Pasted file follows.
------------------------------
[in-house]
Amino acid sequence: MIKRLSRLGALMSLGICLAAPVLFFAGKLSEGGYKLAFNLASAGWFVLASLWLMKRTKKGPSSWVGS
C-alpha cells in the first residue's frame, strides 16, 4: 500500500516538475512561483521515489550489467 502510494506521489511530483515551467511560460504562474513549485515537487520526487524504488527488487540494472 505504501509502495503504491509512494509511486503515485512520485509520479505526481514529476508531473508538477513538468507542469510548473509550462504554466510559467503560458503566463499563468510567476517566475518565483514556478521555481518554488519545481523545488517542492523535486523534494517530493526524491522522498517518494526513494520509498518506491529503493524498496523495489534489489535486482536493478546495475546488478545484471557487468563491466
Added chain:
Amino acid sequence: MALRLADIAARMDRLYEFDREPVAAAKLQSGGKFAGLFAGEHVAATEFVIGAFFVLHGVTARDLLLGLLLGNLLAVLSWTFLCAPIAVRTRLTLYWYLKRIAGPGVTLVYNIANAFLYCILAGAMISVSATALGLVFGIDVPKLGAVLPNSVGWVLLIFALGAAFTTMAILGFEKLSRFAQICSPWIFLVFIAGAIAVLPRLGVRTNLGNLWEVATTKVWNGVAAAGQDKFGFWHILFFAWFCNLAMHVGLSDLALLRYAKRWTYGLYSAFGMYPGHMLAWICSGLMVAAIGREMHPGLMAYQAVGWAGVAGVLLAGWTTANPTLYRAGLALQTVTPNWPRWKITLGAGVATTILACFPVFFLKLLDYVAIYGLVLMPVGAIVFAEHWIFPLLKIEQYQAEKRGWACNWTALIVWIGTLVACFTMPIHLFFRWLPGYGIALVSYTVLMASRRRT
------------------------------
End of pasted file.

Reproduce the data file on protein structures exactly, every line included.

[in-house]
Amino acid sequence: MIKRLSRLGALMSLGICLAAPVLFFAGKLSEGGYKLAFNLASAGWFVLASLWLMKRTKKGPSSWVGS
C-alpha cells in the first residue's frame, strides 16, 4: 500500500516538475512561483521515489550489467 502510494506521489511530483515551467511560460504562474513549485515537487520526487524504488527488487540494472 505504501509502495503504491509512494509511486503515485512520485509520479505526481514529476508531473508538477513538468507542469510548473509550462504554466510559467503560458503566463499563468510567476517566475518565483514556478521555481518554488519545481523545488517542492523535486523534494517530493526524491522522498517518494526513494520509498518506491529503493524498496523495489534489489535486482536493478546495475546488478545484471557487468563491466
Added chain:
Amino acid sequence: MALRLADIAARMDRLYEFDREPVAAAKLQSGGKFAGLFAGEHVAATEFVIGAFFVLHGVTARDLLLGLLLGNLLAVLSWTFLCAPIAVRTRLTLYWYLKRIAGPGVTLVYNIANAFLYCILAGAMISVSATALGLVFGIDVPKLGAVLPNSVGWVLLIFALGAAFTTMAILGFEKLSRFAQICSPWIFLVFIAGAIAVLPRLGVRTNLGNLWEVATTKVWNGVAAAGQDKFGFWHILFFAWFCNLAMHVGLSDLALLRYAKRWTYGLYSAFGMYPGHMLAWICSGLMVAAIGREMHPGLMAYQAVGWAGVAGVLLAGWTTANPTLYRAGLALQTVTPNWPRWKITLGAGVATTILACFPVFFLKLLDYVAIYGLVLMPVGAIVFAEHWIFPLLKIEQYQAEKRGWACNWTALIVWIGTLVACFTMPIHLFFRWLPGYGIALVSYTVLMASRRRT